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Article
Publication date: 30 January 2009

Melissa Gresalfi, Sasha Barab, Sinem Siyahhan and Tyler Christensen

This paper aims to advance the idea of consequential engagement, positioning it as a necessary complement to the more common practices of supporting procedural or conceptual

Abstract

Purpose

This paper aims to advance the idea of consequential engagement, positioning it as a necessary complement to the more common practices of supporting procedural or conceptual engagement. More than a theoretical argument, this notion is grounded in examples from the authors' work in enlisting game‐based methodologies and technologies for supporting such engagement.

Design/methodology/approach

Through the presentation of two example designs, an elementary statistics curriculum and an undergraduate educational psychology course, the paper attends to the potential of narratively‐rich, multi‐user virtual environments for positioning students to critically engage academic content. In particular, it discusses the importance of designing spaces that afford opportunities to understand and apply disciplinary concepts in making sense of, and potentially transforming, conceptually‐revealing scenarios.

Findings

The paper discusses the role of consequential engagement in supporting meaningful procedural and conceptual engagement, and the potential of these designed spaces for positioning learners to develop an appreciation both of the power of the conceptual tools they engage, and of themselves and their peers as people who use these tools.

Originality/value

This paper proposes a framework for design that can be applied to both real and virtual learning environments.

Details

On the Horizon, vol. 17 no. 1
Type: Research Article
ISSN: 1074-8121

Keywords

Book part
Publication date: 5 June 2018

Bob Coulter

Many educators fear that proliferating digital technologies in school and at home create an artificial barrier to young people from having a meaningful direct experience with the…

Abstract

Many educators fear that proliferating digital technologies in school and at home create an artificial barrier to young people from having a meaningful direct experience with the world. At the same time, others argue that ubiquitous access to these same technologies is essential if young people are to make sense of the increasingly complex information space characteristic of the twenty-first century. In an attempt to bridge this gap, the chapter draws on Dewey’s frame of experience as articulated in Democracy and Education and Experience and Education to craft a framework by which uses of digital technology can be assessed for their educational value. Characteristic features of experience-rich, growth-promoting uses of technology include support for both the active and passive dimensions of experience, as well as the ability to support continuity, interaction, purpose and progressive organization of experience. These (arguably) better uses of technology are in turn linked to broader concerns for young people developing the capacities needed for citizenship in a creative democracy. Numerous examples of youth projects facilitated by the author are provided to illustrate how the framework is applied in practice.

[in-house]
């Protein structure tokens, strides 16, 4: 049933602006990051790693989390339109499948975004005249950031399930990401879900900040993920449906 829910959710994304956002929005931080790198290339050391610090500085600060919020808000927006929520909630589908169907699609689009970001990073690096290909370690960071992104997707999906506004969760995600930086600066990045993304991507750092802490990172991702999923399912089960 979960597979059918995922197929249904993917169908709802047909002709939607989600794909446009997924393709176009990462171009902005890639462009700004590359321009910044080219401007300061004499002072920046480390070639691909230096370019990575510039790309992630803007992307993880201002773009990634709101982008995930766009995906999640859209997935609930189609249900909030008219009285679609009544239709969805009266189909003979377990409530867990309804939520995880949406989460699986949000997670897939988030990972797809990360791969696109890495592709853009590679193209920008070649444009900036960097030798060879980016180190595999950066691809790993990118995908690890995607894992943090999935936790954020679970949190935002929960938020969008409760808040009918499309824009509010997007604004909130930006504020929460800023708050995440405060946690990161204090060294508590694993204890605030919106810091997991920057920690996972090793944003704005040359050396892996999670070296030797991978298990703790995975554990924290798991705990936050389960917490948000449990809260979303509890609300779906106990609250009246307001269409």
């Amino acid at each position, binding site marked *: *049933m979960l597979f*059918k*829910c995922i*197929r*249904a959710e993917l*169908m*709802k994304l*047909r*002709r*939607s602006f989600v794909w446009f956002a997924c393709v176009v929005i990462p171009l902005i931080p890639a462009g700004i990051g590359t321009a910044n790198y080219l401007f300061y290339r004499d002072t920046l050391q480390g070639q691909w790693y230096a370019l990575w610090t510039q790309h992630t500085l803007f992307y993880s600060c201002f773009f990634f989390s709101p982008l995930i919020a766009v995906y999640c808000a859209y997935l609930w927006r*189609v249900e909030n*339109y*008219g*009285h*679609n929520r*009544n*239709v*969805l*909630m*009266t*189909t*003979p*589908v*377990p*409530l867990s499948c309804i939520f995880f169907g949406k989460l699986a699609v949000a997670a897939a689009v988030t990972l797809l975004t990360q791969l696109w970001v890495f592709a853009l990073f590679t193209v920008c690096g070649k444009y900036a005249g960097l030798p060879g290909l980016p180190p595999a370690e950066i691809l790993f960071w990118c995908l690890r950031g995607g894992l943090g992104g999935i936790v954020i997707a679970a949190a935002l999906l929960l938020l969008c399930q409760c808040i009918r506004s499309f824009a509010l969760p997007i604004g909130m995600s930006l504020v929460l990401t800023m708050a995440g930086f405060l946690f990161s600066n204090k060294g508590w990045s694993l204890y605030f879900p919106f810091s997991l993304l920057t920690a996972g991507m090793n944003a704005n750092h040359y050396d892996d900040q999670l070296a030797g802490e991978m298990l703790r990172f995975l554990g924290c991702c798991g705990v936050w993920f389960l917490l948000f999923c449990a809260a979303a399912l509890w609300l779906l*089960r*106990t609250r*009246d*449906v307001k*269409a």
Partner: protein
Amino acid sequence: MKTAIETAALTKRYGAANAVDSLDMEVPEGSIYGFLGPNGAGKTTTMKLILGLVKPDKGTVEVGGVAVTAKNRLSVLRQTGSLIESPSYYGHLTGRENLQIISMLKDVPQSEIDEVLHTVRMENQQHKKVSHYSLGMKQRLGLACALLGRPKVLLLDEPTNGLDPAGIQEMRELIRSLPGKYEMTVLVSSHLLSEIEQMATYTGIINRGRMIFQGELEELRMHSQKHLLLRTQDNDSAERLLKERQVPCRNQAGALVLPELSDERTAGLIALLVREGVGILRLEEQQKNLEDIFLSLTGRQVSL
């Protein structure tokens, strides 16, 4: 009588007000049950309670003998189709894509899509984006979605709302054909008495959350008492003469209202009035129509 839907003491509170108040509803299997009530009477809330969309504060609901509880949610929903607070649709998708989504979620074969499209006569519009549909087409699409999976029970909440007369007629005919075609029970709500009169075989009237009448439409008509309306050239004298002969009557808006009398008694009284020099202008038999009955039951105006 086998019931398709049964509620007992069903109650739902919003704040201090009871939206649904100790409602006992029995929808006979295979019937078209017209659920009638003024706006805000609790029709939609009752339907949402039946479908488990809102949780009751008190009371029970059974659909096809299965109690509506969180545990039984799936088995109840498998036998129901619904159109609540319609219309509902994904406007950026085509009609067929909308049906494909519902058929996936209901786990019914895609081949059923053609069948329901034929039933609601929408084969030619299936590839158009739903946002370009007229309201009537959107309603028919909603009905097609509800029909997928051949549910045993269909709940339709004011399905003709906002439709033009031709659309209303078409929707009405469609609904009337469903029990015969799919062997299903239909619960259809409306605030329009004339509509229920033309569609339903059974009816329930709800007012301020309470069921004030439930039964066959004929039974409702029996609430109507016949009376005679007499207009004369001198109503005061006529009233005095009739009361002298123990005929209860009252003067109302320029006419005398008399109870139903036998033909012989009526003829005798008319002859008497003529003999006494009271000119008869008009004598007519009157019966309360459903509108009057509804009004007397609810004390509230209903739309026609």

Details

Dewey and Education in the 21st Century
Type: Book
ISBN: 978-1-78743-626-8

Keywords

Article
Publication date: 27 November 2020

Breanne K. Litts, Melissa Tehee, Jennifer Jenkins, Stuart Baggaley, Devon Isaacs, Megan M. Hamilton and Lili Yan

As scholars, educators and policymakers recognize the impact of partnership-based research, there is a growing need for more in-depth understanding of how to conduct this work…

Abstract

Purpose

As scholars, educators and policymakers recognize the impact of partnership-based research, there is a growing need for more in-depth understanding of how to conduct this work, especially with and in diverse project teams. The purpose of this paper is to provide a critical examination of adopting a culturally disruptive approach in a research–practice partnership (RPP) that includes Indigenous and non-Indigenous researchers, designers and educators who worked together to collaboratively design culturally situated experiences for sixth graders.

Design/methodology/approach

Following a design-based implementation research methodology, data from design and implementation are presented as two case studies to illustrate key findings.

Findings

Leveraging the frame of culturally disruptive pedagogy, key tensions, disruptions, self-discoveries and resulting pedagogical innovations are outlined. While the authors experienced multiple forms of disruptions as researchers, designers and educators, they focused on tracing two powerful cases of how culturally disruptive research directly and immediately resulted in pedagogical innovations. Together the cases illustrate a broader shift toward interdependence that the team experienced over the course of the school year.

Research limitations/implications

A new frame for conducting culturally disruptive research is presented. Both the theoretical application and practical implementation of this frame demonstrate its usefulness in conceptualizing culturally situated research through cultivating an uncomfortable yet generative interdependence.

Practical implications

Findings include examples and strategies for how to practically conduct multi-sector, interdisciplinary research and teaching. Scholars and educators share their stories which illustrate the practical impact of this work.

Originality/value

Critical insights presented in this paper build on and contribute to the growing body of work around RPPs, community-based research and other critical partnership methods.

Details

Information and Learning Sciences, vol. 121 no. 9/10
Type: Research Article
ISSN: 2398-5348

Keywords

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